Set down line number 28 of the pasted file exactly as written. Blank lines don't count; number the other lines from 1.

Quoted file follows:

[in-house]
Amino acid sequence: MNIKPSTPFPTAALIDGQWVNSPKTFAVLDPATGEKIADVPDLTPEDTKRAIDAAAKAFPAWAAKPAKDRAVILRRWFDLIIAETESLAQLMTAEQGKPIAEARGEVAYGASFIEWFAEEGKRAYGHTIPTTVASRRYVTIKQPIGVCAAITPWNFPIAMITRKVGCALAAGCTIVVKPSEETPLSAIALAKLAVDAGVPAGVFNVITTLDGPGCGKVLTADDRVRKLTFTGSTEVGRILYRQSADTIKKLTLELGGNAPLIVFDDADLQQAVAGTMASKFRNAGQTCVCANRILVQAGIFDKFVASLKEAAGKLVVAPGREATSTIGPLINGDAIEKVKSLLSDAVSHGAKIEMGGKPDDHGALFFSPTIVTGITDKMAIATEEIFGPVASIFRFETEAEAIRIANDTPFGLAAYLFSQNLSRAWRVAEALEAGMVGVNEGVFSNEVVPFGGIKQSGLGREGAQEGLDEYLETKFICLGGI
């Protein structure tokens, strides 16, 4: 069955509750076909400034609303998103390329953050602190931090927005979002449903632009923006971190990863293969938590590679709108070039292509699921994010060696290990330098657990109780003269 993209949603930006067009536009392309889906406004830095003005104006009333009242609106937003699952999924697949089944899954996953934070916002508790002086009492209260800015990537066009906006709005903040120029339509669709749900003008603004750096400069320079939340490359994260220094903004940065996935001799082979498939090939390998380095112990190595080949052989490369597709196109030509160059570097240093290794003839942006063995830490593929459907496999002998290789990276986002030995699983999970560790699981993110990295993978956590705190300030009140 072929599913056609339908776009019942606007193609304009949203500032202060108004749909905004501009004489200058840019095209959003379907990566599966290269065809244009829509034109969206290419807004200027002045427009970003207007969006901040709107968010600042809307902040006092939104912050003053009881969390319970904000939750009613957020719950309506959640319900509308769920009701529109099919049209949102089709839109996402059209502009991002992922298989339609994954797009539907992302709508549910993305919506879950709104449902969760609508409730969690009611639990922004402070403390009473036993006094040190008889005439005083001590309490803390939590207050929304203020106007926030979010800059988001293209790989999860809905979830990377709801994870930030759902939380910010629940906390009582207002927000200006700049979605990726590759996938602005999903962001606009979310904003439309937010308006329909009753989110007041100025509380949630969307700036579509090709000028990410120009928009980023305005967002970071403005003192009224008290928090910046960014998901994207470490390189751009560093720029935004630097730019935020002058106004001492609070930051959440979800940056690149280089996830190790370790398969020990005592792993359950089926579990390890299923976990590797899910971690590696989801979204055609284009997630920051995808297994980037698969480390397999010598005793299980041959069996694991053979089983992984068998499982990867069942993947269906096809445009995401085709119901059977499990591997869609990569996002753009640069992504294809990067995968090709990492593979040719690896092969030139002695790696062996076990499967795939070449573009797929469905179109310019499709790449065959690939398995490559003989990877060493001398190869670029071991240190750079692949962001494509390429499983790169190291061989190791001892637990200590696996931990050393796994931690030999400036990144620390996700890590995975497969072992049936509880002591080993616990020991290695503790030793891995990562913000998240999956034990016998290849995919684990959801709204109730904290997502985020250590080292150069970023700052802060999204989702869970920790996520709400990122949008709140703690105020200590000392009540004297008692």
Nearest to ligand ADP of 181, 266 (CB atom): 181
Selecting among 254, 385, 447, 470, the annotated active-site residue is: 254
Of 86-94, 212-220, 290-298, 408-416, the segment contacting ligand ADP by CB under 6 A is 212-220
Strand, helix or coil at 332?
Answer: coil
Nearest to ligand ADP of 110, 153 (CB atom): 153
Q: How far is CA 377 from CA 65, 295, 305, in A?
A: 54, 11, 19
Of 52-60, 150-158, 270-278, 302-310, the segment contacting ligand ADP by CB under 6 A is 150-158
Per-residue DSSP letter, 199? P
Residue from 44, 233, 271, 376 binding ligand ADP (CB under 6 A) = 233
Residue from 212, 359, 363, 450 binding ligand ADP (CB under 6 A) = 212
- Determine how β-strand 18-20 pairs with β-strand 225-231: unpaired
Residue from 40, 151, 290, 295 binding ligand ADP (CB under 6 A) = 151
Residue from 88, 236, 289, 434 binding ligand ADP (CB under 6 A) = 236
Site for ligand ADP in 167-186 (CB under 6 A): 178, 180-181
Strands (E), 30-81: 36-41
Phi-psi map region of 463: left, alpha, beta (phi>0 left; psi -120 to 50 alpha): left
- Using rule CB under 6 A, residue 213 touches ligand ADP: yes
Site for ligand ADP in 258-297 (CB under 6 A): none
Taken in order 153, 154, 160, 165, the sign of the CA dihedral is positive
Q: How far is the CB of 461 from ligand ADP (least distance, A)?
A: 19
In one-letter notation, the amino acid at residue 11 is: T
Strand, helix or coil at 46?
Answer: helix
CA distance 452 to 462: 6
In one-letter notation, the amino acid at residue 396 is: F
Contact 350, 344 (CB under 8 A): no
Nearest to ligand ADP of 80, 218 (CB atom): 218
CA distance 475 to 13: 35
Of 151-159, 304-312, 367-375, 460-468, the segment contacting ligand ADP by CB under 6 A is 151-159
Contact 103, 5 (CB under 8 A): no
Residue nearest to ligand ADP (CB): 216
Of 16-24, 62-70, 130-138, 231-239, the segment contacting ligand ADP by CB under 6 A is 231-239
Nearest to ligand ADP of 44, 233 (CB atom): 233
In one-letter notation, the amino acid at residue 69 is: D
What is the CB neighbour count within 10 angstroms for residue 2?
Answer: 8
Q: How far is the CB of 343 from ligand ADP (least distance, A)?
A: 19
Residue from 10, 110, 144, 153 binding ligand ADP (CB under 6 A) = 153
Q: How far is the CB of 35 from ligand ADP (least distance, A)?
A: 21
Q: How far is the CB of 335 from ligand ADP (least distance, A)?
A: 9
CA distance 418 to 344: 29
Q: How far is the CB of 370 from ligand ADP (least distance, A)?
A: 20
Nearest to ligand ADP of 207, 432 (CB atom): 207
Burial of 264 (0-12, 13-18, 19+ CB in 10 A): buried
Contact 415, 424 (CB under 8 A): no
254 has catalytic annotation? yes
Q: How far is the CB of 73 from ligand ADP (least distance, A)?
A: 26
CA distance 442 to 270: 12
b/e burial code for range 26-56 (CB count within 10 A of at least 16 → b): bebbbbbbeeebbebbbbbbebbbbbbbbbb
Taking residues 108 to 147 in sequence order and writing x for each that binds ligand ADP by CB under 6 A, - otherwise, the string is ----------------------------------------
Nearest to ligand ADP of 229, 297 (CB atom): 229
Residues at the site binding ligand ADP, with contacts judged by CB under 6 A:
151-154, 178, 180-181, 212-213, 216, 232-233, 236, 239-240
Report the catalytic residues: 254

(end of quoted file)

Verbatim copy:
Strand, helix or coil at 46?